Join us for the next A Better Normal community discussion series where we envision and create a trauma-informed society together.
Wed, May 26, 2021, 12pm PDT
We will be learning from Sarah Marikos and Joy Thomas of the ACE Resource Network about the wide impact their Number Story campaign is having through the use of strategic partnerships. This intervention helps individuals understand their ACE numbers and connects them with the resources and tools to heal. They have solicited celebrities and influencers to share their number stories to help normalize healing from trauma.
"Adverse Childhood Experiences (ACEs) and their lasting impacts are the focus of a large-scale national public awareness campaign launching today, May 13th, 2021. ACEs are difficult, potentially highly stressful events or circumstances that occur during childhood or adolescence and include experiences like abuse, neglect, and having a family member with a mental illness or substance use issue.
An ACE score, ranging from zero to ten, measures these experiences in ten categories. The higher one’s score, the higher the likelihood that one may experience a number of challenges throughout life - from physical and mental health conditions, to educational and career difficulties - even a shortened lifespan.
However, ACEs are not destiny. Research shows that early detection and evidence-based interventions can reduce negative impacts - and prevention is possible. Understanding the story behind one’s score can empower and support people and families, which is what NumberStory.org -- and “The Story of Your Number” campaign -- is designed to do."
Sarah’s professional career has focused on the science of things that can hurt us and heal us. Witnessing Hurricane Katrina’s devastating — and inequitable — impact on communities influenced her to pivot from the pre-med track to public health, deciding to pursue a master’s in public health (MPH) in epidemiology, following undergraduate studies at UC Berkeley, to better understand the confluence of factors that influence the health and well-being of people and communities.
In graduate school at San Diego State University, Sarah conducted research on young adults who injected drugs, seeking to understand how abuse in childhood influenced their adult circumstances and behaviors. That research is what led Sarah to the landmark Kaiser Permanente-CDC Adverse Childhood Experiences (ACEs) study.
After graduation, Sarah worked for and then led the Epidemiology & Assessment Unit for the Sonoma County health department for over five years, leading major community health initiatives related to infectious and chronic diseases, and violence prevention.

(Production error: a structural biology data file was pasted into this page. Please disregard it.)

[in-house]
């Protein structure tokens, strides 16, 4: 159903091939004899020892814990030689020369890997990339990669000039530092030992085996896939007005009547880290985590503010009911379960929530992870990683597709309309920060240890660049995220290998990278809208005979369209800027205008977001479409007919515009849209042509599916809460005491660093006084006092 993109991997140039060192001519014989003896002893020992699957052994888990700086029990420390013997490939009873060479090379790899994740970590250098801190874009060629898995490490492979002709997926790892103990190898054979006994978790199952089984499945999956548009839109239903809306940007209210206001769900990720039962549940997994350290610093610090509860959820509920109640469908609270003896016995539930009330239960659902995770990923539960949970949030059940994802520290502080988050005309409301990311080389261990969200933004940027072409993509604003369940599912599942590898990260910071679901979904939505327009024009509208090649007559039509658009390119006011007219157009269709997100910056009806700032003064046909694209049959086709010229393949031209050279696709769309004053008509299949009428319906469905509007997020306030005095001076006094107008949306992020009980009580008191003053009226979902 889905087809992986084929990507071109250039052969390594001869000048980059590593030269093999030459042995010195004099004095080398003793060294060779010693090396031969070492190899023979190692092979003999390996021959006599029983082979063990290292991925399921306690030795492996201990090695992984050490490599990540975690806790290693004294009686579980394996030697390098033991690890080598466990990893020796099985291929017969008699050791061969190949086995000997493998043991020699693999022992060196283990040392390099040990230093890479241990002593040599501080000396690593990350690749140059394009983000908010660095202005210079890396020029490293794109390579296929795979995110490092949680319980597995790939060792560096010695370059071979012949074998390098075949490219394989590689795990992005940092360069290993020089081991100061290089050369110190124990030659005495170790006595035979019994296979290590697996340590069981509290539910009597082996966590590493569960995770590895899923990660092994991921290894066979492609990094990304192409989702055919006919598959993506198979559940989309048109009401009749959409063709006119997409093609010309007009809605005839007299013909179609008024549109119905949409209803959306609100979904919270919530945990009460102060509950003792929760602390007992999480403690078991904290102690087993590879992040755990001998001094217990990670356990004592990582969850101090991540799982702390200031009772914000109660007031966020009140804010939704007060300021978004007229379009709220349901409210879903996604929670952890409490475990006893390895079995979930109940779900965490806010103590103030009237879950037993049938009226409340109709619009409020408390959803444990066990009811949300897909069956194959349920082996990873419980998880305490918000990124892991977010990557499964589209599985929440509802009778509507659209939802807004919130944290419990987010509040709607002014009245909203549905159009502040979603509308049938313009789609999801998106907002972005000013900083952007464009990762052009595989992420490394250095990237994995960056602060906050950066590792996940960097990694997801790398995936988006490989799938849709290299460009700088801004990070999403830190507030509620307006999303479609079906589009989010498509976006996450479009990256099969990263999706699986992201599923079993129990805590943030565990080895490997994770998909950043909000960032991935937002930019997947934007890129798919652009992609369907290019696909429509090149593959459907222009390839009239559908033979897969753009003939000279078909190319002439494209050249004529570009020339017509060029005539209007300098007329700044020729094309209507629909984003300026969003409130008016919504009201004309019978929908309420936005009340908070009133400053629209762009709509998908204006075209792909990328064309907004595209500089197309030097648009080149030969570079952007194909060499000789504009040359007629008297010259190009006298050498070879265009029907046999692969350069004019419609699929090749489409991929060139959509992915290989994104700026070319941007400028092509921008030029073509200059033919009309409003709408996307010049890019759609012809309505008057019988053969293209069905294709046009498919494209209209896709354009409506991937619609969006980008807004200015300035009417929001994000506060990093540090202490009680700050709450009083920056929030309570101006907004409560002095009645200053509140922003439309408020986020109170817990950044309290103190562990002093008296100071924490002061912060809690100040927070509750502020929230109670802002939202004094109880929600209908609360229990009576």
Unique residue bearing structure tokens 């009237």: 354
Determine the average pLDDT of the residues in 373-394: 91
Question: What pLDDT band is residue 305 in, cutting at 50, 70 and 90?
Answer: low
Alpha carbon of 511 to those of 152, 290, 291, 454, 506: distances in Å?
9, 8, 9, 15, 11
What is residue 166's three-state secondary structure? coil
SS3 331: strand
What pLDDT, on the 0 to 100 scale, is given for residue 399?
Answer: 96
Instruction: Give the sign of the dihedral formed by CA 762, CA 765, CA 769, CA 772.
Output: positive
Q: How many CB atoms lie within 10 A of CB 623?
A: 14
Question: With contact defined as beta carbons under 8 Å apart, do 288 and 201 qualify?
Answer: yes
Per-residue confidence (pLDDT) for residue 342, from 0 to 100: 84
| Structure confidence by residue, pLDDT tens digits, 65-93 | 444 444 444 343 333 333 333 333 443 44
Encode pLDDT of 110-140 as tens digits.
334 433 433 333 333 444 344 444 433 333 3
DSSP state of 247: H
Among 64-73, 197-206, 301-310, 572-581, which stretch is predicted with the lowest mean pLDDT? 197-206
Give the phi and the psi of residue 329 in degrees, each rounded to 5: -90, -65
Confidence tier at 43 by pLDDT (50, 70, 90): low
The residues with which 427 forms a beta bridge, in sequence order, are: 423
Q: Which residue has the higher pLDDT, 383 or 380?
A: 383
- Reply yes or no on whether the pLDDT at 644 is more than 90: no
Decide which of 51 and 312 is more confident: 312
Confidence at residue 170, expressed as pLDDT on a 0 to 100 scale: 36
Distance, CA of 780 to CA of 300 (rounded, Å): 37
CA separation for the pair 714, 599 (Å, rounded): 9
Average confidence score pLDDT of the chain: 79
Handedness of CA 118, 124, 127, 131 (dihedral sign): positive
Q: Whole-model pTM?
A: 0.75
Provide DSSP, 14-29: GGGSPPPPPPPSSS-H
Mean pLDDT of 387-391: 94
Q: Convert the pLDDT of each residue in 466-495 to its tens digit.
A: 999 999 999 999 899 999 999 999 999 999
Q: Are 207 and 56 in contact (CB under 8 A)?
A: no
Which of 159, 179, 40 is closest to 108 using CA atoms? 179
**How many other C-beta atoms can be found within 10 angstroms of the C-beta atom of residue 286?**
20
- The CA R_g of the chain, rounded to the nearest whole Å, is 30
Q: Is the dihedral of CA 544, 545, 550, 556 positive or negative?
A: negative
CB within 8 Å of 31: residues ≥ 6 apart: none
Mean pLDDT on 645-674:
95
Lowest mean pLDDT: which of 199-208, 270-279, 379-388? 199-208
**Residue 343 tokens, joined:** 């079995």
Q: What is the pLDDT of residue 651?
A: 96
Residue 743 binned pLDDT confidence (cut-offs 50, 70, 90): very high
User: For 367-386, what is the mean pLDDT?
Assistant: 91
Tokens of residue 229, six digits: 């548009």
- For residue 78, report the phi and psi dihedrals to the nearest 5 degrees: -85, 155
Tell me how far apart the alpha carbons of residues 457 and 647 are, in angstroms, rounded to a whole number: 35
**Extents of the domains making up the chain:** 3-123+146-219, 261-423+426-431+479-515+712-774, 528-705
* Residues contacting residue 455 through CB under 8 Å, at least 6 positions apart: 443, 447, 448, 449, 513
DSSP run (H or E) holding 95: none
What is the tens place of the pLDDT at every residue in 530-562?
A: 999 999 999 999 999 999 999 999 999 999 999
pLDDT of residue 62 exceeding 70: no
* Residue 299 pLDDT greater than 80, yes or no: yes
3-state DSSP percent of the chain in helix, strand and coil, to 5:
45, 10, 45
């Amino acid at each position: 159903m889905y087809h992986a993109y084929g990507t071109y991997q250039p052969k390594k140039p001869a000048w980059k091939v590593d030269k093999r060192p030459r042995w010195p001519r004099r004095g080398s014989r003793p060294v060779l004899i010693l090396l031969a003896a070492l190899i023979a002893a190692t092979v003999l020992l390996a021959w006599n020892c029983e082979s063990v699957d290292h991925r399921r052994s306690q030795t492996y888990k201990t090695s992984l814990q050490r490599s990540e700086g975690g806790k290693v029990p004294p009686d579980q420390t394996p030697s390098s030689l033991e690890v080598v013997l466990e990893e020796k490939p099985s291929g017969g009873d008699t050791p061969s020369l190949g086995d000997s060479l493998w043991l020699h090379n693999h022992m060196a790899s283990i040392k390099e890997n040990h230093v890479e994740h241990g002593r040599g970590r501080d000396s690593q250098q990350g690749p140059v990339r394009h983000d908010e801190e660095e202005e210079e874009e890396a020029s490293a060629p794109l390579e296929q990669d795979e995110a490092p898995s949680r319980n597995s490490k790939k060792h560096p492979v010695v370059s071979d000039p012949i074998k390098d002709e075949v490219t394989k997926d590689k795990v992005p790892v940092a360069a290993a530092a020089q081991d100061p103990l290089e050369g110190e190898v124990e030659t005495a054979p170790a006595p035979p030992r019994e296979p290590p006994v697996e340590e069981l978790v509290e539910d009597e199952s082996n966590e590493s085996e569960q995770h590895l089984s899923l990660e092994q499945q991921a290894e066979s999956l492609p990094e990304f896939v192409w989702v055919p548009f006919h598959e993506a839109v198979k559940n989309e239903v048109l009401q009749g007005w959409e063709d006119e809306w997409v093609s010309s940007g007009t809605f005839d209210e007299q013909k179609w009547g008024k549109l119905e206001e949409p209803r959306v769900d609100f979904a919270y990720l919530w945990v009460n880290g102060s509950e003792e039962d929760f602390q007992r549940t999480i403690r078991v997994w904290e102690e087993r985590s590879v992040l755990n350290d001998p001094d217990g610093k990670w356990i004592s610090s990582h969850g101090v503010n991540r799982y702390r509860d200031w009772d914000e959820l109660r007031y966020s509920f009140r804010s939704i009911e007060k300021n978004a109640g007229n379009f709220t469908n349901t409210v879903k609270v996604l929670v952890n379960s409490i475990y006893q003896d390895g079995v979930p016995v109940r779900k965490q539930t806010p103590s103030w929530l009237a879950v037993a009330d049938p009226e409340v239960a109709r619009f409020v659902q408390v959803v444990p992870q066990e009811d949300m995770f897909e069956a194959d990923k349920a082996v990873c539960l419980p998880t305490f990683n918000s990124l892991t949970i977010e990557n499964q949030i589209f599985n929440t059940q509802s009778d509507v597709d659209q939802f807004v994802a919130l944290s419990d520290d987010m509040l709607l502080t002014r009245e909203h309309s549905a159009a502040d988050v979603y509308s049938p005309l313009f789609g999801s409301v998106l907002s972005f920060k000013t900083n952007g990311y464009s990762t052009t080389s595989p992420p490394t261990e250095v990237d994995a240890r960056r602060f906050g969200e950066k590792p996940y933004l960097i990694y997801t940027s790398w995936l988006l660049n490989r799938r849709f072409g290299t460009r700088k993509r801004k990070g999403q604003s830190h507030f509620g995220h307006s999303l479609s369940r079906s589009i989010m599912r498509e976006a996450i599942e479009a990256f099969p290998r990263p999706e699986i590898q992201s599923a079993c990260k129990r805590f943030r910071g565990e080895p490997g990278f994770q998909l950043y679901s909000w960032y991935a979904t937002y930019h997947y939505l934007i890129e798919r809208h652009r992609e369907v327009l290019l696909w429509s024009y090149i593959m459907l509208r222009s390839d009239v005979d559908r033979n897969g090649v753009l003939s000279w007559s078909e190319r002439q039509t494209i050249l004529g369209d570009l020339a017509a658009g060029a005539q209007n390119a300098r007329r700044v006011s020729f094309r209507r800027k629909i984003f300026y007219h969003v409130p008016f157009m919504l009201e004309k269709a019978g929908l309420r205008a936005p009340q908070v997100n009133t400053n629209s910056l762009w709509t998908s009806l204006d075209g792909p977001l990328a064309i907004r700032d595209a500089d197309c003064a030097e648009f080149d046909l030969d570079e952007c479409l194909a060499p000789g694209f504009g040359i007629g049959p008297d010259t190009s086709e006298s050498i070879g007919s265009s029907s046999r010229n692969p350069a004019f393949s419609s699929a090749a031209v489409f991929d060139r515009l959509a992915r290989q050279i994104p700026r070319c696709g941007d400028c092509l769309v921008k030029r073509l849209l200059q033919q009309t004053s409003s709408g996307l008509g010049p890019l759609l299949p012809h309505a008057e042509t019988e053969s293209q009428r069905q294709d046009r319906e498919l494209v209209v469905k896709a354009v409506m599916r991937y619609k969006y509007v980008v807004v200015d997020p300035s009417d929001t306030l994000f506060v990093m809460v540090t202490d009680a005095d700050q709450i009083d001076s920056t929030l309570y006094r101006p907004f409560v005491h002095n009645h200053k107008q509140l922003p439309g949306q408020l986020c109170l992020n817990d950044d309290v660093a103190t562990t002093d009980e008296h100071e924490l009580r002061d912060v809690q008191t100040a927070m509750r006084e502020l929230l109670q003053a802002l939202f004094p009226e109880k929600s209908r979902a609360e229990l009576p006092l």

In early 2019, wanting to work with people who influence the major determinants of health, Sarah started providing consulting services to provide public health data and strategy expertise to the education, health, medical, non-profit, and philanthropic sectors. She also completed a national fellowship on racial equity with Human Impact Partners.--
Joy Thomas, Research & Strategy, ACE Resource Network
Joy believes in the transformative power of creativity and the possibility of a just and equitable world. Her work has been rooted in theatre arts, with specialties including applied theatre, theatre for young audiences, and new play development. She was a theatre arts instructor at her alma mater, McDaniel College in Maryland, and at DC’s National Conservatory of Dramatic Arts.
In 2006, Joy shifted to social services to use her skills and experiences to help people address the lasting impacts of childhood toxic stress. She served as Outreach and Education Specialist for the KIDS Network and the Child Abuse Prevention Council of Santa Barbara County, and later as the Communications and Outreach Manager of the Sonoma County Human Services Department.
In 2015, Joy signed on as Creative Arts Director at Child Parent Institute, focusing on the research, development, and delivery of trauma-informed creative arts programs that promote healing and reduce the impacts of early adversity.
Joy completed the Advanced Mind-Body Medicine Training Program with the globally renowned Center for Mind-Body Medicine as part of the Sonoma County Resilience Collaborative, formed to bring community-level healing to the region following the 2017 wildfires.
She has trained teaching artists in the effects of trauma on development, and trained educators and service providers in integrating creative tools to support connection, growth, and healing.